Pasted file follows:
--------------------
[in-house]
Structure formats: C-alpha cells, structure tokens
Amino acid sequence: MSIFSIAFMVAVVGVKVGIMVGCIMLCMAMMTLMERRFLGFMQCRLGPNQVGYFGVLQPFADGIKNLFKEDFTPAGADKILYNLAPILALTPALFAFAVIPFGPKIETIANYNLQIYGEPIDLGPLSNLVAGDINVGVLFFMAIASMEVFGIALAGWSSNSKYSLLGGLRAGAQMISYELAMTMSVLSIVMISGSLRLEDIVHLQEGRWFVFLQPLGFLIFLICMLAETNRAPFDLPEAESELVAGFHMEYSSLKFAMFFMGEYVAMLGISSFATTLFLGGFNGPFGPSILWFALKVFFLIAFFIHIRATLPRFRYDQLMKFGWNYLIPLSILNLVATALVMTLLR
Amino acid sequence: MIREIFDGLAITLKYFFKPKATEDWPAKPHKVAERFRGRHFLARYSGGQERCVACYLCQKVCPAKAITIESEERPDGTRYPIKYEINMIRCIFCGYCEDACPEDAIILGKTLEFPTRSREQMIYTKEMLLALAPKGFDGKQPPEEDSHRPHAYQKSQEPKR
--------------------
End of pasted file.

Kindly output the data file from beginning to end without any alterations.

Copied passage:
[in-house]
Structure formats: C-alpha cells, structure tokens
Amino acid sequence: MSIFSIAFMVAVVGVKVGIMVGCIMLCMAMMTLMERRFLGFMQCRLGPNQVGYFGVLQPFADGIKNLFKEDFTPAGADKILYNLAPILALTPALFAFAVIPFGPKIETIANYNLQIYGEPIDLGPLSNLVAGDINVGVLFFMAIASMEVFGIALAGWSSNSKYSLLGGLRAGAQMISYELAMTMSVLSIVMISGSLRLEDIVHLQEGRWFVFLQPLGFLIFLICMLAETNRAPFDLPEAESELVAGFHMEYSSLKFAMFFMGEYVAMLGISSFATTLFLGGFNGPFGPSILWFALKVFFLIAFFIHIRATLPRFRYDQLMKFGWNYLIPLSILNLVATALVMTLLR
Amino acid sequence: MIREIFDGLAITLKYFFKPKATEDWPAKPHKVAERFRGRHFLARYSGGQERCVACYLCQKVCPAKAITIESEERPDGTRYPIKYEINMIRCIFCGYCEDACPEDAIILGKTLEFPTRSREQMIYTKEMLLALAPKGFDGKQPPEEDSHRPHAYQKSQEPKR